BoM and CSIRO find Australia likely to be warmer and drier in the future

State of the Climate 2020 report released

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Southern and eastern Australia may face more dangerous fire weather days and an even longer fire season if future climate predictions are realised.

Southern and eastern Australia may face more dangerous fire weather days and an even longer fire season if future climate predictions are realised.

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Report highlights need for Australia to continue adapting to warmer and drier climate.

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The Bureau of Meteorology (BoM) and CSIRO released the latest State of the Climate report last week.

It draws on current climate research, encompassing observations, analyses and projections to describe year-to-year variability and longer-term changes in Australia's climate.

It is the sixth biennial State of the Climate report and includes new information about Australia's climate of the past, present and future.

The report informs a range of economic, environmental and social decision-making by governments, industries and communities.

Key points from the report are pertinent to future land - and ocean - use decisions.

The report researchers found Australia's climate has warmed on average by 1.44°C (plus or minus 0.24°C) since national records began in 1910 - leading to an increase in the frequency of extreme heat events.

In the south east of Australia, there has been a decline of about 12 per cent in April to October rainfall since the late 1990s.

There has been a decrease in stream flow at the majority of stream flow gauges across southern Australia since 1975.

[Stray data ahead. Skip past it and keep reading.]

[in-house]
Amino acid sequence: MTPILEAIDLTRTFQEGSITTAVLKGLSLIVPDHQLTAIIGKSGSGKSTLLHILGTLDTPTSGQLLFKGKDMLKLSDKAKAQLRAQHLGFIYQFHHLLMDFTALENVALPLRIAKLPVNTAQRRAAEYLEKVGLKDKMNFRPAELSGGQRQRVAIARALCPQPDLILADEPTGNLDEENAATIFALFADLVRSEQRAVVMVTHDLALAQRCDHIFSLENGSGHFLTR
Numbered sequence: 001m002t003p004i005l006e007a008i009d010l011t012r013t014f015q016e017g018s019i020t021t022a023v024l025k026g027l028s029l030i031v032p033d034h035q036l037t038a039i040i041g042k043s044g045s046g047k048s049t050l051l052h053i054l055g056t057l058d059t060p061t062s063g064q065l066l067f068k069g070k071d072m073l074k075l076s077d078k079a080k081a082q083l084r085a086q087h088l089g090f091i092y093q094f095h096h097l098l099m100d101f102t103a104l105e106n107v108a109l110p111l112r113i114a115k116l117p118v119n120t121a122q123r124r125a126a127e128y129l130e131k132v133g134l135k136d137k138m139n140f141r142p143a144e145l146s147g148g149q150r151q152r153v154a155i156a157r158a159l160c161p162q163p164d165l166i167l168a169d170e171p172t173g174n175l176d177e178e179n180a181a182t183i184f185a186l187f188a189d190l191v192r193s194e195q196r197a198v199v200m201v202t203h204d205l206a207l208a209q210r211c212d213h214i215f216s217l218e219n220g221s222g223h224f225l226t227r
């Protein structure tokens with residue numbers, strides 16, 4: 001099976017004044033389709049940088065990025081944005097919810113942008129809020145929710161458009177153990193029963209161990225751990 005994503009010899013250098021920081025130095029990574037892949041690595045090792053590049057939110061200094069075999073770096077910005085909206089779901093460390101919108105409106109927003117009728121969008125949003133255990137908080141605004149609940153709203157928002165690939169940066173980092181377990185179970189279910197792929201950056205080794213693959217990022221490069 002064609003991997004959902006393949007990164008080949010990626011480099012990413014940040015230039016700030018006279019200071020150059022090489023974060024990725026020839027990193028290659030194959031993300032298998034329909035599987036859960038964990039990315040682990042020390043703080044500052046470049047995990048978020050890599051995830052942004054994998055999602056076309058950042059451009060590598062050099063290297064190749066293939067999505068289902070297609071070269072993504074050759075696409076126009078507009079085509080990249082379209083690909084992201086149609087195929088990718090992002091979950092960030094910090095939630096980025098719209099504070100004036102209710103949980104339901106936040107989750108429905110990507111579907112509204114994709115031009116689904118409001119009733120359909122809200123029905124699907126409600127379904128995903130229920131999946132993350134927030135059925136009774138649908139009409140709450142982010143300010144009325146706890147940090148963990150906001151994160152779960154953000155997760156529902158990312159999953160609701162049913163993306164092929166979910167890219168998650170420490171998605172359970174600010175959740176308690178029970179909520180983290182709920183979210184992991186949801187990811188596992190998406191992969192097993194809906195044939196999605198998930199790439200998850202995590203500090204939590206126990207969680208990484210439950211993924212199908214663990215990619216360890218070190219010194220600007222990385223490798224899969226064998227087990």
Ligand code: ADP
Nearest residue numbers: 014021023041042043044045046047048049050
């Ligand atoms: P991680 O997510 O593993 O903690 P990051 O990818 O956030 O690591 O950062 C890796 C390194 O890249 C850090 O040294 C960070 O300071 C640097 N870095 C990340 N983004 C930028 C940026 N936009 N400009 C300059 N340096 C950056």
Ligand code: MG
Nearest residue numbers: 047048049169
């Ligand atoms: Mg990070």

But rainfall and stream flow have increased across parts of northern Australia since the 1970s.

There has been an increase in extreme fire weather, and in the length of the fire season, across large parts of the country since the 1950s - especially in southern Australia.

Oceans around Australia are acidifying and have warmed by about 1°C since 1910, contributing to longer and more frequent marine heatwaves.

Sea levels are rising around Australia, including more frequent extremes, that are increasing the risk of inundation and damage to coastal infrastructure and communities.

Australia needs to plan for, and adapt to, the changing nature of climate risk now and in the decades ahead.

Reducing global greenhouse gas emissions will lead to less warming and fewer impacts in the future.

Despite a decline in global fossil fuel emissions of CO2 in 2020 associated with the COVID-19 pandemic, this will have negligible impact in terms of climate change.

Atmospheric CO2 continues to rise, and fossil fuel emissions will remain the principal driver of this growth.

The trends we have witnessed in our climate are projected to continue.

That means in the future we should expect increases in air temperatures, more heat extremes and fewer cold extremes.

There is likely to be further decreases in cool season rainfall across many regions of southern and eastern Australia - potentially leading to more time in drought, yet more intense and short duration heavy rainfall events.

These factors would lead to an increase in the number of dangerous fire weather days, and an even longer fire season for southern and eastern Australia.

The full State of the Climate report is available on the BoM website.

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